Will 50.000 casualties make us learn?

Davey Meelker

If you are in Laos it is impossible not to notice remains of the secret war. During the war in Vietnam the United States illegally conducted 580.000 bombing mission, meaning one bombing missions every eight minutes for nine years. Laos is the world’s most heavily bombed country per capita. When the bombings ended huge parts of Laos were spread with unexploded bombs of which people are still dying. Did the United Stated take the responsibility after their illegal war and cleaned up the mess they left behind? I don’t think so. Will we make the same mistake again? Possibly.

The United States used cluster bombs to bomb Laos. This system, where one big bomb contains up to 680 individual bombs (called submunitions or bombies), was designed to kill people. And that is exactly what it did and is still doing, since those bombs are famous for their unexploded ordnance (UXO).

Like the heavy bombings conducted over Cambodia during that time, the Laotians never saw an American soldier. Those living in border region with Vietnam saw planes bombing them every day. It was not their war, but they still suffer the consequences of the gross violation of their human rights. Around 50.000 people have been killed or injured as a result of UXO’s between 1964 and 2011, because around 80 million unexploded submunitions remained in Laos after the war.

Sadly, some people say that the cash crop of the poor country of Laos is scrap metal from the UXO’s. Scrap dealers pay between one or two Euros per kilo of scrap, which is enough incentive for many villagers to take the risk and amateurishly dismantle the explosives. Consequently, 24% of all the reported UXO accidents are a result of collecting scrap metal. Other accidents happen through daily activities as ploughing fields, building houses or by kids who play with the bombies. I heard the same sad stories in Cambodia and Vietnam, where, as a result of the same war, maybe 25 million bombies did not explode on impact.

Almost as outrageous as the bombing itself is that the United Stated took no responsibility when the war was over. They left Laos (as Cambodia) destroyed behind with many unexploded bombs in their soil. The United States stressed they gave Laos aid to help in clearing the UXO’s, but it was not much they were giving. It was only a fraction of the work that had to be done. Furthemore, they saw it as aid. Some kind of voluntarily charity they were giving to Laos. Like the Laotians should be thankful for the help, while it should be the United State’s responsibility to clear the UXO’s. When you start destroying the country – and you need extremely good reasons to do that at the first place – it is your responsibility to clean up the mess for the sake of the innocent civilians and that is no charity.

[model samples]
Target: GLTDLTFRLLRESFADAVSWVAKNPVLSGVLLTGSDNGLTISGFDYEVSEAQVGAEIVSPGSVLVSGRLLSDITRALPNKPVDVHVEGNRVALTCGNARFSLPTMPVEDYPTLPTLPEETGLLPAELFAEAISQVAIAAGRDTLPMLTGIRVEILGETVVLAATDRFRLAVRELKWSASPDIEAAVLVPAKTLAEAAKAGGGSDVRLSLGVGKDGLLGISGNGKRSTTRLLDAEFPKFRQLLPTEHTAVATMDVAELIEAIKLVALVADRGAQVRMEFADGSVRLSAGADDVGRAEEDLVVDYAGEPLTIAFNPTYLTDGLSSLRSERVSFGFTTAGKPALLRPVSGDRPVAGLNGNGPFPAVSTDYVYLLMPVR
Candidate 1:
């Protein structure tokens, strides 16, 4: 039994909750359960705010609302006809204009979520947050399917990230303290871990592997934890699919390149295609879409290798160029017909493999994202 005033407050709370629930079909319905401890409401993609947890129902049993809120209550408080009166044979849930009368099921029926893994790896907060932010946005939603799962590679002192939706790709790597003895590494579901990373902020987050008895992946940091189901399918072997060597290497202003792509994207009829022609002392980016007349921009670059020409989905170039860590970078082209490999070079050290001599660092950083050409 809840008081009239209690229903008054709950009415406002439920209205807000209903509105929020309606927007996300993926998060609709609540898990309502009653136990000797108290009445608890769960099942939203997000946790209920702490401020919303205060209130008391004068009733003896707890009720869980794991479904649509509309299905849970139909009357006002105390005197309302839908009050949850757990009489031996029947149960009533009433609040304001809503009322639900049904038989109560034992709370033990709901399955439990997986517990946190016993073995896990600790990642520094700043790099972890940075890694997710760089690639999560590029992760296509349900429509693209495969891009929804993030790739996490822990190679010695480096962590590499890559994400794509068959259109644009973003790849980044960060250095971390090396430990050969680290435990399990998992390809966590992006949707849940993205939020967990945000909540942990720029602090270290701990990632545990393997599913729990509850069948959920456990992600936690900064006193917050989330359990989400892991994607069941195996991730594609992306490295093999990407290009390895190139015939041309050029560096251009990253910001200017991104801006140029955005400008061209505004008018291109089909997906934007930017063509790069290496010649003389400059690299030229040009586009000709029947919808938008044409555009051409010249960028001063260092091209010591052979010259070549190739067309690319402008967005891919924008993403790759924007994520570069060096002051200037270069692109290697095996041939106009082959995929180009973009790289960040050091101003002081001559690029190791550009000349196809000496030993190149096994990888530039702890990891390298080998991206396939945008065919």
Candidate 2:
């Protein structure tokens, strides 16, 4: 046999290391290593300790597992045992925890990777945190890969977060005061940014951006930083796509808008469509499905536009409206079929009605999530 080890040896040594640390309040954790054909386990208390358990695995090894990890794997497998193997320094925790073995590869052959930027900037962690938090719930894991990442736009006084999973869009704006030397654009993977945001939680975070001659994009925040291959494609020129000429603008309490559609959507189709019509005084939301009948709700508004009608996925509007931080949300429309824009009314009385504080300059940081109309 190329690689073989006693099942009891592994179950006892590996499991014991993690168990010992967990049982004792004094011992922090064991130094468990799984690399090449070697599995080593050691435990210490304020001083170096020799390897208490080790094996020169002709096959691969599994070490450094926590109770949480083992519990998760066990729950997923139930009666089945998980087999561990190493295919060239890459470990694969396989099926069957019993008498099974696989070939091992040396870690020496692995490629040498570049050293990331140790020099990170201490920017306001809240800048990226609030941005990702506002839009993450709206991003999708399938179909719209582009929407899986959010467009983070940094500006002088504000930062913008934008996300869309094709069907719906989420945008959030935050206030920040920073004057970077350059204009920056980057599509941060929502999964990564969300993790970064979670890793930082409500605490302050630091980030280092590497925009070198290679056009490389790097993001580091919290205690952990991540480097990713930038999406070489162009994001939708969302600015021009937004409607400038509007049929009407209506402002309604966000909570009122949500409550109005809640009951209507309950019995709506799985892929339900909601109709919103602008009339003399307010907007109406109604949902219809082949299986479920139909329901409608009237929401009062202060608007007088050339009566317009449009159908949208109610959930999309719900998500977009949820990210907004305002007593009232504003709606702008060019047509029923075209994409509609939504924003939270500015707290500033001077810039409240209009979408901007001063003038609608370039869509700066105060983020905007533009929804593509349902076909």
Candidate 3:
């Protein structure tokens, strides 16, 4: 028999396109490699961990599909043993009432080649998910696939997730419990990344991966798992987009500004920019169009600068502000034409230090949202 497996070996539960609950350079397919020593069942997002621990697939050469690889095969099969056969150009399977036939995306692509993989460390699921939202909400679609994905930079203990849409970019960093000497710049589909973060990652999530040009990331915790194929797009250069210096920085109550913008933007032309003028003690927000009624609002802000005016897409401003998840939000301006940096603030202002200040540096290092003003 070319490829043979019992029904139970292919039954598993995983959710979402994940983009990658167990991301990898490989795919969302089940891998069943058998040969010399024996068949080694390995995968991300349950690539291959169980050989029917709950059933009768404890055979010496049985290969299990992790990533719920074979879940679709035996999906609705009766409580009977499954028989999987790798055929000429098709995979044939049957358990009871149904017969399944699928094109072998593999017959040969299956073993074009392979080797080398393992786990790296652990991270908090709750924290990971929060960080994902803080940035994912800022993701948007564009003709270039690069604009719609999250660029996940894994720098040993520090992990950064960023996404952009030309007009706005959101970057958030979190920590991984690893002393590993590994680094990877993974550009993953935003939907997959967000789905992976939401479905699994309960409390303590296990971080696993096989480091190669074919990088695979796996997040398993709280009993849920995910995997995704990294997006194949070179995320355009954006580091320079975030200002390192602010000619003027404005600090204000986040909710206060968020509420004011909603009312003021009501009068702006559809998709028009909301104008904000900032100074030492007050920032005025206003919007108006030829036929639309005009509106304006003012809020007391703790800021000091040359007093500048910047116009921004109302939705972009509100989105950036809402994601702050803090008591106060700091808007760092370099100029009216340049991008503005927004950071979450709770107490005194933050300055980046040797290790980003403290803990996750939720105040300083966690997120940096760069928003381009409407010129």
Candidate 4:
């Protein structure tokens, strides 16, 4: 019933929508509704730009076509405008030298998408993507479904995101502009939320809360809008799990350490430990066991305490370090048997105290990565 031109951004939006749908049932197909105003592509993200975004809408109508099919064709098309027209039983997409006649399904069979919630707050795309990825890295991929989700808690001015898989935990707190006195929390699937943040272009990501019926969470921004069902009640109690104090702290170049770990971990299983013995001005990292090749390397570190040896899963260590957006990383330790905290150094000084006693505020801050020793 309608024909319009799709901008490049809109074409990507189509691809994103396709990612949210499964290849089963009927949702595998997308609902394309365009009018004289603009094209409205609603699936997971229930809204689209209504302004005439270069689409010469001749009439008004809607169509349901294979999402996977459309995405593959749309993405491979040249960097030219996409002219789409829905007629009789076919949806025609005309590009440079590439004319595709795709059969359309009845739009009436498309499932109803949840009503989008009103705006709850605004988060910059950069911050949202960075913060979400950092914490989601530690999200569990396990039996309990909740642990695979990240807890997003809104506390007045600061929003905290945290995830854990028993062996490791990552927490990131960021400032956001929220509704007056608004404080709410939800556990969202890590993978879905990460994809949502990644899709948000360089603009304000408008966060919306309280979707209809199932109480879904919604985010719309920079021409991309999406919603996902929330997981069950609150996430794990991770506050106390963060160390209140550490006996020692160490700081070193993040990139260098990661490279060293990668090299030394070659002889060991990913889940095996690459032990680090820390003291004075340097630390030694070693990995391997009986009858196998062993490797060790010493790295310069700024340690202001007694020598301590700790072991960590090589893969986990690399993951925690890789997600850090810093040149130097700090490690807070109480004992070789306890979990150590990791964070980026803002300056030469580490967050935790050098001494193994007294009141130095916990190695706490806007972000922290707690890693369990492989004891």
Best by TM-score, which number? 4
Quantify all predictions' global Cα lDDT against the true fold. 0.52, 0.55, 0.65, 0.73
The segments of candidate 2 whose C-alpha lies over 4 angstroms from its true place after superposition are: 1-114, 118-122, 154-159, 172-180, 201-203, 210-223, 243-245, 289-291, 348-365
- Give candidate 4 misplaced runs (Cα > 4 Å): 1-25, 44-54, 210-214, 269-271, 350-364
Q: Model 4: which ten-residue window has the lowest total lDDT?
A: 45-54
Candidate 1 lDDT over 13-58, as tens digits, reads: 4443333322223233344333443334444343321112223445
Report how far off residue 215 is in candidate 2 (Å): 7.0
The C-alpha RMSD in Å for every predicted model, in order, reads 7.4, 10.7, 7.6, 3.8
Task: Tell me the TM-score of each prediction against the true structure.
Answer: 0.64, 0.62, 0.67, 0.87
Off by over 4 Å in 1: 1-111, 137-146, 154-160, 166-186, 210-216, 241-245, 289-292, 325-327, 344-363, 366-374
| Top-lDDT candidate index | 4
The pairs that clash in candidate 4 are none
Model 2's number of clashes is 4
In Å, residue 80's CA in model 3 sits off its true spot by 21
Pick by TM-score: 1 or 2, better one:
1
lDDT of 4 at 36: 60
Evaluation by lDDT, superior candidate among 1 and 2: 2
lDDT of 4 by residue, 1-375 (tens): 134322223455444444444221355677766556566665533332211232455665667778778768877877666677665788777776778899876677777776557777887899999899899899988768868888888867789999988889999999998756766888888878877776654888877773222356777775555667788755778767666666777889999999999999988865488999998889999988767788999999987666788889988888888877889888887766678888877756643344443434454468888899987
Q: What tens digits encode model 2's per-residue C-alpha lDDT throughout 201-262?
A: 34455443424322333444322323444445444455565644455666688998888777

I hope we learn from these events. First of all, cluster bombs should be banned from the battlefield as the UN is advocating. But when bombings a country, with cluster bombs or not, it is time to stand up and take responsibility. Is that happening nowadays? The 72 hour Israeli bombing of Lebanon with cluster bombs in 2006 left, according the UN, a million unexploded bombies. I don’t expect Israel taking their responsibility in the clearing process. But what about the International community and UN who are preaching about human rights? Afghanistan was bombed with 1.228 cluster bomb between 2001 and 2002, meaning 248.056 bombies. In Iraq 50 million sub munitions were used between 1991 and 2006 of which 2.6 to 6 million did not explode. Now the international community left Iraq and will leave Afghanistan, we will see if they take responsibility. Those are the countries that are preaching about human rights all over the world, and it is time to for them to practice what they preach. It is the opportunity to show the world we learned from the mistakes and are not letting history repeating itself over and over again.

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